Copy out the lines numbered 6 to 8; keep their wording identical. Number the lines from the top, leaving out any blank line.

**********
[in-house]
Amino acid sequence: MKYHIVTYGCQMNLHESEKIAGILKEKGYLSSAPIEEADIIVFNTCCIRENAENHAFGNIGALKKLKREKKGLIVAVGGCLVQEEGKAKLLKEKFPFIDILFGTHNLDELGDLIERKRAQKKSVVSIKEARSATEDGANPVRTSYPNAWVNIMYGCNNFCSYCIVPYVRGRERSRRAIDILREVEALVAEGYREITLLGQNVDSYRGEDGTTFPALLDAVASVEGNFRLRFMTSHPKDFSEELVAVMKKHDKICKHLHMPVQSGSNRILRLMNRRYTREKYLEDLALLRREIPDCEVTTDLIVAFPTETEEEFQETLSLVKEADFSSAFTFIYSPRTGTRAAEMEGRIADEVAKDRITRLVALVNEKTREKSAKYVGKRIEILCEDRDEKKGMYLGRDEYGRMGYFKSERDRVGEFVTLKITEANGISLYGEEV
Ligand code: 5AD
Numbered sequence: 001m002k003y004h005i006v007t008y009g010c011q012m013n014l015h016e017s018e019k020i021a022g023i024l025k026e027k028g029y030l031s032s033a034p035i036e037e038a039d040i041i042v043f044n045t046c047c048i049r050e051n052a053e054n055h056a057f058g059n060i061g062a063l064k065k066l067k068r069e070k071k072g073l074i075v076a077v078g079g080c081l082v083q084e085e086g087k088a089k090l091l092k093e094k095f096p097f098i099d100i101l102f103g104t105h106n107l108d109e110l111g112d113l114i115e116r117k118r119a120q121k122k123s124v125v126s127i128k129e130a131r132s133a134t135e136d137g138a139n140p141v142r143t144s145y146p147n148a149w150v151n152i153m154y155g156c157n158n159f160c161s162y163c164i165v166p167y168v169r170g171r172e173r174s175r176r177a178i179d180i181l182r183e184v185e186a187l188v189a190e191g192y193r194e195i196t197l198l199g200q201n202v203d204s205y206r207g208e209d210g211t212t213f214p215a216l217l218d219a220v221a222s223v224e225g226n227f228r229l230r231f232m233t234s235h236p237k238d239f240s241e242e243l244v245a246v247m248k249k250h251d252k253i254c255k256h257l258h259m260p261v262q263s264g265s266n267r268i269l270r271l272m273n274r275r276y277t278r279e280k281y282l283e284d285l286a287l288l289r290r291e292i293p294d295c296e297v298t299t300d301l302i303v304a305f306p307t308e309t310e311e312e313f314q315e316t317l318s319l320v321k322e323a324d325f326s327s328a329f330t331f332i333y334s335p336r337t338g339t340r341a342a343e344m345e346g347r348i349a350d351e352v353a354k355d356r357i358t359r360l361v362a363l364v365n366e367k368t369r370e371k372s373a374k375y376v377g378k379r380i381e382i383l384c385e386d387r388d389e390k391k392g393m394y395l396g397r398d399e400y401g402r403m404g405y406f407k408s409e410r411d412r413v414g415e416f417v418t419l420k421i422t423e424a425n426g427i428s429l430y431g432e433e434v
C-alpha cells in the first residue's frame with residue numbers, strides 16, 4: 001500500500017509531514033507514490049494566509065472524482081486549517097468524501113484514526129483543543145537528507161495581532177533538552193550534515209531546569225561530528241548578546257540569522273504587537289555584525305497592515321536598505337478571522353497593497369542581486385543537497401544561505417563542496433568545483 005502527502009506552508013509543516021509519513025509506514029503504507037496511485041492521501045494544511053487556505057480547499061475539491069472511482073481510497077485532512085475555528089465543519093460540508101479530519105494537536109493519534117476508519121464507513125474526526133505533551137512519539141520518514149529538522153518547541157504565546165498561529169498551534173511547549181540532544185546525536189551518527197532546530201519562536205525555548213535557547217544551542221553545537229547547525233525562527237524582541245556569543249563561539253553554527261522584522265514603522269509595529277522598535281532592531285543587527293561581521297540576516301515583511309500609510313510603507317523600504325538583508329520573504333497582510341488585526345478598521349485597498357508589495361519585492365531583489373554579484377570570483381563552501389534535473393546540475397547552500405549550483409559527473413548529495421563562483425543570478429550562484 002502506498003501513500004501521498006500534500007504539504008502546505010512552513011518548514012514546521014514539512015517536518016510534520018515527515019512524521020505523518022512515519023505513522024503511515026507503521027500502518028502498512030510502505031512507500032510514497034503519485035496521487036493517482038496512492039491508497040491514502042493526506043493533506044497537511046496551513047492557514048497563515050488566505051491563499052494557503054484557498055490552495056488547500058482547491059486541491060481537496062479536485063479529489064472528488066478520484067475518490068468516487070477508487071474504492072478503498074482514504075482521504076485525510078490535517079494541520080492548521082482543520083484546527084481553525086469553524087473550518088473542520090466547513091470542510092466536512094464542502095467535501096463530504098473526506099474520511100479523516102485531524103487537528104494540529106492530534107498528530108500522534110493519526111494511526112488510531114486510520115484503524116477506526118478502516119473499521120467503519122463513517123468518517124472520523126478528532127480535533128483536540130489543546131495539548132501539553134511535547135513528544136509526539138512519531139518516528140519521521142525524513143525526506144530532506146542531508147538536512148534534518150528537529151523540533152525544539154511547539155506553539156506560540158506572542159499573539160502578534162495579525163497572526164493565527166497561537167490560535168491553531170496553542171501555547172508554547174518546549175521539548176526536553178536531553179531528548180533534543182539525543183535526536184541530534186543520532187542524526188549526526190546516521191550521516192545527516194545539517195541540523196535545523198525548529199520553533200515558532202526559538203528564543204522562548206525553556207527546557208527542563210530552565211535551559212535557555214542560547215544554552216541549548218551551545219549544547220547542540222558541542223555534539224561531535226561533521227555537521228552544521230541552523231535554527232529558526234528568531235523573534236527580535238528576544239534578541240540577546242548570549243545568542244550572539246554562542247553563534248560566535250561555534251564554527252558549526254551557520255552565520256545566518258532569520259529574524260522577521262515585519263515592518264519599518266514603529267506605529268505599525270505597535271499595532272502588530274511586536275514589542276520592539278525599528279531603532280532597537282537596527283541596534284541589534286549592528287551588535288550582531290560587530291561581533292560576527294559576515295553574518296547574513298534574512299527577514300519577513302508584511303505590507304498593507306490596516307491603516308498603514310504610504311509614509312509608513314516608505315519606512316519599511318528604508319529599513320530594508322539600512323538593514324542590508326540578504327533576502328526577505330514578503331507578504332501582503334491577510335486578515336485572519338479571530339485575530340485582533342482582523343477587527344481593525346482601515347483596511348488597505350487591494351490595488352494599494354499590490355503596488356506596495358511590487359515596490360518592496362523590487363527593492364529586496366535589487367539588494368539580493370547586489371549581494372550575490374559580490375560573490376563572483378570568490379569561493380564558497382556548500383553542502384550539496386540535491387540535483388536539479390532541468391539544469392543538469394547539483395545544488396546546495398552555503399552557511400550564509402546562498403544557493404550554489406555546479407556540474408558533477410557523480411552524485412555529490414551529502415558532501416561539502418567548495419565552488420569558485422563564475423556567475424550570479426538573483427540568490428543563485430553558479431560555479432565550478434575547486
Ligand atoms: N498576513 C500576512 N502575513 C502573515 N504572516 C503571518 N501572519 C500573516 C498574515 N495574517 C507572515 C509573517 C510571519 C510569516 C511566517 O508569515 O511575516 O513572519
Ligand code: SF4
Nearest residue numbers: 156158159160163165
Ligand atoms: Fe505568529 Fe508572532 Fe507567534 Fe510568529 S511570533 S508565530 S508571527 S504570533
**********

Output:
Ligand atoms: N498576513 C500576512 N502575513 C502573515 N504572516 C503571518 N501572519 C500573516 C498574515 N495574517 C507572515 C509573517 C510571519 C510569516 C511566517 O508569515 O511575516 O513572519
Ligand code: SF4
Nearest residue numbers: 156158159160163165